In recent months, I've heard of the following things being said or happening, either directly or indirectly, at many organizations in American healthcare:
“We don't have the budget to start that continuous improvement initiative right now, but maybe in six months.”
Or I've heard, basically, the complete opposite (and more rare) sentiment from a different health system:
“Our leadership doesn't see a need for Lean because our margins are over 10% and things are fine.”
I've also heard about hospitals decimating their internal Lean group / department or laying some people off in the name of saving money (or some combination of new leadership and a change in strategic direction).
Does “we don't have the budget” really just mean “we don't want to do this right now” or “we don't think we really need to do this right now?” It might be an extension of the old tongue-in-check expression from General Motors that said, “We'll save money… no matter how much it costs us!”
I get especially frustrated when I hear of hospitals thinking Lean is only about bottom line margin reduction. If their margin is acceptable, is that because quality, patient safety, and other important factors are significantly better than the typical hospital? Probably not… it's more likely due to local market power or forces other than operational excellence.
This cartoon is a parody of a parody. It's done in the style of the “Stan Kelly” editorial cartoons from “The Onion,” the famed parody news publication. You can read this article about the brilliance of the Stan Kelly cartoons. Carrie shows her artistic versatility in mimicking that style, at my suggestion.
This cartoon is our homage to this style and we think it covers a very important topic in healthcare.
Elements that are parodied from the Stan Kelly cartoons, if you're not familiar with them:
- The crying Statue of Liberty (it's in every Stan Kelly cartoon)
- The cartoonist drawing themselves in the lower right cartoon making a pun or snide remark
- The metaphors being very unsubtly labeled, like the boxes, the piles of money and rejected employee ideas, the CEO dressed as an old-time tycoon, and the Process Improvement person looking like a young, earnest reporter (with a clipboard that says “P.I.” and a hat tag that says “Lean” instead of “PRESS.”
Back to the content of the cartoon… it's always bothered me when hospitals say something like, “We don't have the budget for continuous improvement” (or Lean).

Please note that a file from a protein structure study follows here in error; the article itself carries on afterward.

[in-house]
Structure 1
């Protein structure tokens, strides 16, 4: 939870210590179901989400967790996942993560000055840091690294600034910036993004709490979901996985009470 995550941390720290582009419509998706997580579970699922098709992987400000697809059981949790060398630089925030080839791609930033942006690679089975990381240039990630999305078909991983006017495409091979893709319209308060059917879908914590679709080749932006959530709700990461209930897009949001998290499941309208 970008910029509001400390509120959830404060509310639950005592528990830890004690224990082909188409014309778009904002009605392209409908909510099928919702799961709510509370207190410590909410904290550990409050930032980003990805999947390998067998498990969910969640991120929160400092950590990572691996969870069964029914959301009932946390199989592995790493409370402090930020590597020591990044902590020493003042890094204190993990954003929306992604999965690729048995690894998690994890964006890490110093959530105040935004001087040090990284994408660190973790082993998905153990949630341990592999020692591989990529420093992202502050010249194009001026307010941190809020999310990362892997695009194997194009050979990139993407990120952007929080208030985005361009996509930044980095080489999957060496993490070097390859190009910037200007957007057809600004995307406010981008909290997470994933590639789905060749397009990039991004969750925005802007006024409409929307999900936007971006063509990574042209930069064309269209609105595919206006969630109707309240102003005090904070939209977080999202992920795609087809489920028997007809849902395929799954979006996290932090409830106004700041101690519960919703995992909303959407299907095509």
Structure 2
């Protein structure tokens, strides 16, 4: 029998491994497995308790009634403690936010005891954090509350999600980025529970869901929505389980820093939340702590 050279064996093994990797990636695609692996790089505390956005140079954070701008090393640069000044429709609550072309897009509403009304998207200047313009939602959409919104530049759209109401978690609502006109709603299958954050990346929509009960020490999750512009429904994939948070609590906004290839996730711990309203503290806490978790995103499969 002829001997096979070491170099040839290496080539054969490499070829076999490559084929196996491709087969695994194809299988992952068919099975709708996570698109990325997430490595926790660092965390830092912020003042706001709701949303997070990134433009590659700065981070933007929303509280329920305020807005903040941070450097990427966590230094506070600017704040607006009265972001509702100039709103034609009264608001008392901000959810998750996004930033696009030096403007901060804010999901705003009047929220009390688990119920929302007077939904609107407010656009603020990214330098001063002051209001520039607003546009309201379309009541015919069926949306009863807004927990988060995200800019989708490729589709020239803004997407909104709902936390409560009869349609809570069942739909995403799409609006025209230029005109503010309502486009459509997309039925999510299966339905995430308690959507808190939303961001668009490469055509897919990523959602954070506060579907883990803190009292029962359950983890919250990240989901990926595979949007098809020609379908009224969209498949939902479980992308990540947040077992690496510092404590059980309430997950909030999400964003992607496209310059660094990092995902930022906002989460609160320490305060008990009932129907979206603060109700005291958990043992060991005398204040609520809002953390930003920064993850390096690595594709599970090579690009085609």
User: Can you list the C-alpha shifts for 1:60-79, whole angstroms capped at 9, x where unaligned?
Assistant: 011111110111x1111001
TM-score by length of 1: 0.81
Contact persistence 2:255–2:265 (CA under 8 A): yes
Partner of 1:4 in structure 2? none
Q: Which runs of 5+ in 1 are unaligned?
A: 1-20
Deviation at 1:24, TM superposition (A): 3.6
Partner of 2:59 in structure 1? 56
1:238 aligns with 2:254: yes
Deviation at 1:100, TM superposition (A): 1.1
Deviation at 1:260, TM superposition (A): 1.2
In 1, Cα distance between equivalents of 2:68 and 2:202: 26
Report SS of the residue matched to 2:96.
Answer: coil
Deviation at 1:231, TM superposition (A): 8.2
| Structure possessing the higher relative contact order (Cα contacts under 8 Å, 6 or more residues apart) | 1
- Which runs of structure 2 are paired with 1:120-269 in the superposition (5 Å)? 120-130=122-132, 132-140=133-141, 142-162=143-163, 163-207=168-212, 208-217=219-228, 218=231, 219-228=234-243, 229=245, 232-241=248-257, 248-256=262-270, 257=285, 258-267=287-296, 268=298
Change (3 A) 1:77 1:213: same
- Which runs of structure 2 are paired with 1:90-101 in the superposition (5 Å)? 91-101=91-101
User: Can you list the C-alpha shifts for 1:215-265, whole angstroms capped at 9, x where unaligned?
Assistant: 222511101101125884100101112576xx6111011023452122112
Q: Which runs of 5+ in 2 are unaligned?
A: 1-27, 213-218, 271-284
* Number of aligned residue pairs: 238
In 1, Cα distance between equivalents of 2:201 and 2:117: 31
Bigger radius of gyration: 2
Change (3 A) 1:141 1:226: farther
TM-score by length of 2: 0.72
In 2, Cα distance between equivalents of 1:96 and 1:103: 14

For one, improvement work should have a pretty direct impact on the bottom line. The problem is that some of the costs might be known and immediate, while the benefits are projected for the future. Shouldn't we invest a little bit of staff time now for a big payoff in terms of quality and productivity a little way's down the road?
We shouldn't ONLY focus on cost-cutting (as that's not what Lean's about, as I've written about before):
We shouldn't necessarily focus primarily on cost cutting… but rather view cost reduction as the end result of improving other things that matter, such as:
- Patient Safety
- Employee Safety
- Quality and Outcomes
- Waiting Times and Access
- Employee Engagement and Morale
Hospitals claim they don't have money for improvement. But they DO have money to burn as the result of the poor processes and systems that they aren't improving through Lean and related methods?
That's crazy, isn't it?Hospitals don't have money for #Lean, but they're apparently happy to shovel money into a burning dumpster every day. Click To Tweet
I've often used the expression that “hospitals don't have money for Lean, but they're apparently happy to shovel money into a burning dumpster every day.” This cartoon visualizes that. Harsh, I realize.
If you believe the estimates from Don Berwick and others that say 30% of our nation's healthcare spending is “waste” (and a lot of it is driven by inefficient processes and poor quality), who has time to delay improvement? How is not improving an effective strategy? Not improving wastes money… patients get hurt in the process. The current state of a hospital is often a real mess (hence the dumpster fire analogy).
It reminds me of the recent meme I created around the idea of not having time for improvement… but having time for continual, repeated “fire fighting.”
Anyway, if we can't change these mindsets… I hope you at least enjoy the cartoon.
Don't want to miss a post or podcast? Subscribe to get notified about posts via email daily or weekly.